With the Federal Aviation Administration still many months away from issuing rules on the commercial use of drones, Western North Carolina entrepreneurs are eager to offer customers a bird’s eye view. Thanks to high-resolution cameras and relatively modest cost, drones (aka unmanned aircraft systems) are considered a game changer for things like airborne surveillance and photography.
Those commercial applications are in limbo till the rules are finalized. Despite the FAA ban, however, some local businesses are already using drones.
“Aerial photography is now spectacular AND affordable,” proclaims dragonflylive.com, the website for Nathan Silsbee’s Asheville-based company. Silsbee says he’s shooting weddings, real estate, adventure sports such as skiing and other commercial applications.
“Traditional photography and videography are very much used in the media today,” he explains. “Those types of angles are becoming a little bit boring. When you see something from the air, it’s really unique. We’re excited to offer that commercially; the possibilities are endless.”
Aiming to prevent aviation disasters, the FAA issued draft rules in February governing who can fly drones and under what conditions. Commercial operators would have to pass a written test, register the drone and pay about $200 in fees. Businesses could fly only during daylight hours, and the devices would have to stay in sight of the operator or other observer charged with monitoring the drone. They could fly no more than 100 mph and would have to stay below an altitude of 500 feet to avoid collisions with other aircraft.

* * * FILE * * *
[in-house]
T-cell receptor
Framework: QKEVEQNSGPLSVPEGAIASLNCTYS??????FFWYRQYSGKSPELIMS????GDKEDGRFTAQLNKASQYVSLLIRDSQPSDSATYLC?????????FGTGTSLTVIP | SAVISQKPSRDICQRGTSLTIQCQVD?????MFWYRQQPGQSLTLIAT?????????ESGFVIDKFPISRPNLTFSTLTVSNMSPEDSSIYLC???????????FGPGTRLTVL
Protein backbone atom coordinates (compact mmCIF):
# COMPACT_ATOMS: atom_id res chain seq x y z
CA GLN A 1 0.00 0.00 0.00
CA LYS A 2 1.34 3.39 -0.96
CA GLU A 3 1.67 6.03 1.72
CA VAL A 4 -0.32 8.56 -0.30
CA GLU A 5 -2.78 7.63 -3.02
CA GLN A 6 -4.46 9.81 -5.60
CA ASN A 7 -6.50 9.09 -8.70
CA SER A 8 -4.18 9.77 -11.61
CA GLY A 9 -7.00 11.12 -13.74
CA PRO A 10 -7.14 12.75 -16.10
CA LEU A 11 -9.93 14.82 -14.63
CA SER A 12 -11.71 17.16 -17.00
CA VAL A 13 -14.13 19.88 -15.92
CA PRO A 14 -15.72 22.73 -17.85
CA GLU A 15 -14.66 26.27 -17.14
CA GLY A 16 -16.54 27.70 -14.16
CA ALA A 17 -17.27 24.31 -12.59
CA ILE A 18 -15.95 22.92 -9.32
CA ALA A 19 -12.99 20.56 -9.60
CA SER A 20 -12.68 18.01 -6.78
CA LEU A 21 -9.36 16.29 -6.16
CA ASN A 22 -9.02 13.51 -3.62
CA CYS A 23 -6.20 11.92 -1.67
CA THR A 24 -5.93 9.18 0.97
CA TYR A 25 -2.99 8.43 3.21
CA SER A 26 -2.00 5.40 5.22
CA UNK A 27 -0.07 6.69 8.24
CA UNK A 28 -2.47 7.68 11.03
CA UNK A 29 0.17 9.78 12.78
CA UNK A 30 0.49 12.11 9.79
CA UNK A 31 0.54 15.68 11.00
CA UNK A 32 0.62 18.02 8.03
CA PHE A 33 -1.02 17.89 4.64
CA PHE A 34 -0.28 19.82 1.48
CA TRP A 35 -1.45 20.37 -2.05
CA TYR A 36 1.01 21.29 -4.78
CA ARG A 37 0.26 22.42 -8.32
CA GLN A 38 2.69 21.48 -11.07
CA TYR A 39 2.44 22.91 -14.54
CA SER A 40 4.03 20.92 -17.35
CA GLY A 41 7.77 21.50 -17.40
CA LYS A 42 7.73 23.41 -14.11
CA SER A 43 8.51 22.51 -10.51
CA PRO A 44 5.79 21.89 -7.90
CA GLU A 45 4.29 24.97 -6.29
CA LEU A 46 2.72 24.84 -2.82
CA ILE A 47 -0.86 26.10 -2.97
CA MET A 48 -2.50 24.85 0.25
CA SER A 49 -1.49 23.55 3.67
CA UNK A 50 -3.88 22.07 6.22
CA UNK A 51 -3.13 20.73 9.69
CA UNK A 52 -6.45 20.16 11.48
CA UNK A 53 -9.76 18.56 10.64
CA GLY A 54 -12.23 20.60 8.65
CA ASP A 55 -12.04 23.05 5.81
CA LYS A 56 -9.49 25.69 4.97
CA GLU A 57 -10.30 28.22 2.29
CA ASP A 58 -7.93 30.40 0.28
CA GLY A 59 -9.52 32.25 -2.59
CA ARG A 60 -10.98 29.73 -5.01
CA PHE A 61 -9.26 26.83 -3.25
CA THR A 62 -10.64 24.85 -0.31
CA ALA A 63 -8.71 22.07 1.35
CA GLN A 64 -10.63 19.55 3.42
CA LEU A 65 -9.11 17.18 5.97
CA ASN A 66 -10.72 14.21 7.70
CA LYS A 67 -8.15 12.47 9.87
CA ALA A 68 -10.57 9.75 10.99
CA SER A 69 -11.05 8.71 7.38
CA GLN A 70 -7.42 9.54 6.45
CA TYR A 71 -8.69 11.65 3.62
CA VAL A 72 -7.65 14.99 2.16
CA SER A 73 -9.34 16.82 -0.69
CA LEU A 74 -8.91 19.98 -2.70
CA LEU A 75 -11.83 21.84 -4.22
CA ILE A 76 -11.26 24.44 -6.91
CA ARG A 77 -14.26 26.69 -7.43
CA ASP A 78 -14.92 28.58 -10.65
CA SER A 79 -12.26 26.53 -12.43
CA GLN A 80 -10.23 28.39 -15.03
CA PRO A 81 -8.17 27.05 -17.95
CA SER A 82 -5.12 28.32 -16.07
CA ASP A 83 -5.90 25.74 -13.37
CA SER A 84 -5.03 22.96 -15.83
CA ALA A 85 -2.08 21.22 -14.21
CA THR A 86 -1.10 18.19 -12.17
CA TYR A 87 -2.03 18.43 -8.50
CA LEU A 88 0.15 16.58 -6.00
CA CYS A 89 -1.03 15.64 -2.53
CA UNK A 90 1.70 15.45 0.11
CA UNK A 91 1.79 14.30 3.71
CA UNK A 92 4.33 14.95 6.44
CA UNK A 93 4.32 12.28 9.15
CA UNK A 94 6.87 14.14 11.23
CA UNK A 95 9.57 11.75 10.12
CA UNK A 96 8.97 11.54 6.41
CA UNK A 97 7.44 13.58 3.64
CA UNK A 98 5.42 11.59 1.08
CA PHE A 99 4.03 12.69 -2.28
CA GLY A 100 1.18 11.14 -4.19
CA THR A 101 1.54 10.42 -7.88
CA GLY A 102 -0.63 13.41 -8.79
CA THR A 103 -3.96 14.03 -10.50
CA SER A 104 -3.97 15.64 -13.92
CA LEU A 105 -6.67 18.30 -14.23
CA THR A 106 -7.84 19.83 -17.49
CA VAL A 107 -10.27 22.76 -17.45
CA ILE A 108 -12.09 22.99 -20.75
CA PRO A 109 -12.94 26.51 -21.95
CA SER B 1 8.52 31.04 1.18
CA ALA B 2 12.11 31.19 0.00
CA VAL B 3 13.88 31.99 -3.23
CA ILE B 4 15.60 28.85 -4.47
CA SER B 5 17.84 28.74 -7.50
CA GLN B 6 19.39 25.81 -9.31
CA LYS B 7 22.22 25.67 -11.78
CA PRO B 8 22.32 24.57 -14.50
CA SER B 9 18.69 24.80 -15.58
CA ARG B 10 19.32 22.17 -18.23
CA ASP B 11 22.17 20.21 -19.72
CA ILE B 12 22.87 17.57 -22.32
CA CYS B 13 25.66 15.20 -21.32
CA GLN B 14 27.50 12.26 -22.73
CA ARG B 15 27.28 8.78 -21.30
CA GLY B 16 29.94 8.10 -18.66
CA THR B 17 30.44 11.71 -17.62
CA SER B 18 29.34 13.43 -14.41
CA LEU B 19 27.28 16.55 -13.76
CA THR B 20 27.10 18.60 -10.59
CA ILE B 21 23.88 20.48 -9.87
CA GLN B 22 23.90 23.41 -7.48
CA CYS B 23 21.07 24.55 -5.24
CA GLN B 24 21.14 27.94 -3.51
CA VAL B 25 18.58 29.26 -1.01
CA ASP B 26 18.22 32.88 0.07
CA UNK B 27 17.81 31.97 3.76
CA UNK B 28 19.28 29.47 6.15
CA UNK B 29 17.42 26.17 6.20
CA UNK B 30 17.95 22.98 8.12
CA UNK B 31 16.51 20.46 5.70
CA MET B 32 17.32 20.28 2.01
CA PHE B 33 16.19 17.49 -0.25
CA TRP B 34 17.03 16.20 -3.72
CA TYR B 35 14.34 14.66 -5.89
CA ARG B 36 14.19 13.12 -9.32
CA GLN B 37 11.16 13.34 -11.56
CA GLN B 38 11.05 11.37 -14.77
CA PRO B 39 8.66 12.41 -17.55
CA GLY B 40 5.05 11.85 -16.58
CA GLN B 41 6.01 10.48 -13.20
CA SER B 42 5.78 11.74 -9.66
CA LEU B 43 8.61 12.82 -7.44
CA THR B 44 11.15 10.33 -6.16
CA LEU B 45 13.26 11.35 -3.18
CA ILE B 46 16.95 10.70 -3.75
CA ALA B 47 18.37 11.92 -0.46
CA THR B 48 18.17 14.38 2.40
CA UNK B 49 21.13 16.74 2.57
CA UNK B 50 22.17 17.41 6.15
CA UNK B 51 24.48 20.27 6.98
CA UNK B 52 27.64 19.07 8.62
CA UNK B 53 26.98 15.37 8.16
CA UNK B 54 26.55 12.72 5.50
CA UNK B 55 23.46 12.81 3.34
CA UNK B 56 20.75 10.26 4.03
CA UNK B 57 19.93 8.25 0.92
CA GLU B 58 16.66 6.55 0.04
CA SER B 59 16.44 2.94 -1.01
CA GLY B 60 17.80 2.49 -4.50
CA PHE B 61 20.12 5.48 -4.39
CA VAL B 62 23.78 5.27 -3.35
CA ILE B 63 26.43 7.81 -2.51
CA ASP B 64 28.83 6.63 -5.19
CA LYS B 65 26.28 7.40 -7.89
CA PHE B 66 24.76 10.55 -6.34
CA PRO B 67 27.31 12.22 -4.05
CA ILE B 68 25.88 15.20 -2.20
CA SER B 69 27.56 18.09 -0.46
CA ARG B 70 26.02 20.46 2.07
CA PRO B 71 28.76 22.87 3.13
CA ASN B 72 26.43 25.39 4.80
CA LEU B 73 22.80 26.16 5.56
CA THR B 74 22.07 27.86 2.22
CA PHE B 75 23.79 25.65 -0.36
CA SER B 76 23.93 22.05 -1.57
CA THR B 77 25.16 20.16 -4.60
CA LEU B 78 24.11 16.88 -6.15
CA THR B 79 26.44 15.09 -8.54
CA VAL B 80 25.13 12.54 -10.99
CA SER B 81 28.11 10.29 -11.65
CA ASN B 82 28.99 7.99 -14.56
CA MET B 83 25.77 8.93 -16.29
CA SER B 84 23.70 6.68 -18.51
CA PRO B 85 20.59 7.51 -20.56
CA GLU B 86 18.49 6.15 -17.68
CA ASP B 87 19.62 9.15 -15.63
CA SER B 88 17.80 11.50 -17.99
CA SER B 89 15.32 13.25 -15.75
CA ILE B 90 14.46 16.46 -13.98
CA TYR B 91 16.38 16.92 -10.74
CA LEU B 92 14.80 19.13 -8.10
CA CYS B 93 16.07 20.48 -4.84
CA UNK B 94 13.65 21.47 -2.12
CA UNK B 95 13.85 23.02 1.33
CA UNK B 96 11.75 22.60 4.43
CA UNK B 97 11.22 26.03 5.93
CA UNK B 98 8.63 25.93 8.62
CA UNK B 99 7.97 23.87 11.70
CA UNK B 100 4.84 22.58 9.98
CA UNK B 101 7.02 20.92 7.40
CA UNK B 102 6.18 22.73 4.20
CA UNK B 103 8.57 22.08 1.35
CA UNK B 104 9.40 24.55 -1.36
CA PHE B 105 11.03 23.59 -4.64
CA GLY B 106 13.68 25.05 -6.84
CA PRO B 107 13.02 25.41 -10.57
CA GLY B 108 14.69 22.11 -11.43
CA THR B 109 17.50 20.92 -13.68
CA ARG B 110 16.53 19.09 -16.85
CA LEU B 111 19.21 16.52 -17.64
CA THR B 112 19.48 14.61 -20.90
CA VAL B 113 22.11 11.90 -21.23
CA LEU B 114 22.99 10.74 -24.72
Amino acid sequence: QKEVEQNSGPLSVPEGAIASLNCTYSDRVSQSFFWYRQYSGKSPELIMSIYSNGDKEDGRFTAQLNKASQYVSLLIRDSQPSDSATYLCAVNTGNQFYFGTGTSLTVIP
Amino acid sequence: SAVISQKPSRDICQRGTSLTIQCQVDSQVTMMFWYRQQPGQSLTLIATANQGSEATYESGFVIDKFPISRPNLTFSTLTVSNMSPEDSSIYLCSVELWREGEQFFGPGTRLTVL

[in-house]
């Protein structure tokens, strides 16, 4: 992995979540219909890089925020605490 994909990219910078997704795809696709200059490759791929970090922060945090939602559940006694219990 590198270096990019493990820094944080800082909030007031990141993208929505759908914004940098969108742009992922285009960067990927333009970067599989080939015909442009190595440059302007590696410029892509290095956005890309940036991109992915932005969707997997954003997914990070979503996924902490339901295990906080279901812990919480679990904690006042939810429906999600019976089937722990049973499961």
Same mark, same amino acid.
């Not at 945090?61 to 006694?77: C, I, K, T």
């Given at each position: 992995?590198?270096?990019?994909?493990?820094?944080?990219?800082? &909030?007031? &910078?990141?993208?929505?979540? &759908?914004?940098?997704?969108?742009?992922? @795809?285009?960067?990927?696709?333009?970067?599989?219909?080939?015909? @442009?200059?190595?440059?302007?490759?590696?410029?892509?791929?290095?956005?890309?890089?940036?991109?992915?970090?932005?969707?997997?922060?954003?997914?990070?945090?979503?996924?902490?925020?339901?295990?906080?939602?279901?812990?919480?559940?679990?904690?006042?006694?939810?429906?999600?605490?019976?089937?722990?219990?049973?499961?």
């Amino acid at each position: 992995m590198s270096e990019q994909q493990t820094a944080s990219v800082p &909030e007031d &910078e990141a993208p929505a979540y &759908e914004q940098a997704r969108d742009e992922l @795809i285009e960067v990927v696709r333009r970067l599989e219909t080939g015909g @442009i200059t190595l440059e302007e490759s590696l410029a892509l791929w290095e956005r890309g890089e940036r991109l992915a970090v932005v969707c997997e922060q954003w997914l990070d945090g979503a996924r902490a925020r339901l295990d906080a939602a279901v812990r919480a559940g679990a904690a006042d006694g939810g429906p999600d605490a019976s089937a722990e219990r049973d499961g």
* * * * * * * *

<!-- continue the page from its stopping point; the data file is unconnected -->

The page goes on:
But a public comment period on the proposed rules is expected to last at least until early in 2017, and in the meantime, it’s illegal to charge money for flying drones. Once the regulations are finalized, the agency anticipates that more than 7,000 operators will obtain drone permits within three years.
“I think it’s important that it’s regulated and that people have qualifications to fly them commercially, because they can be dangerous,” notes Silsbee. “Whether the FAA gets their ducks in a row or not, people are going to be flying them. It’s very important that they finalize those regulations, so people like us can promote our services on a large scale.”
Meanwhile, the rapidly evolving technology has privacy advocates worried about overzealous governments spying on citizens.
Alan is serial entrepreneur, active angel investor, and a drone enthusiast. He co-founded DRONELIFE.com to address the emerging commercial market for drones and drone technology. Prior to DRONELIFE.com, Alan co-founded Where.com, ThinkingScreen Media, and Nurse.com. Recently, Alan has co-founded Crowditz.com, a leader in Equity Crowdfunding Data, Analytics, and Insights. Alan can be reached at alan(at)dronelife.com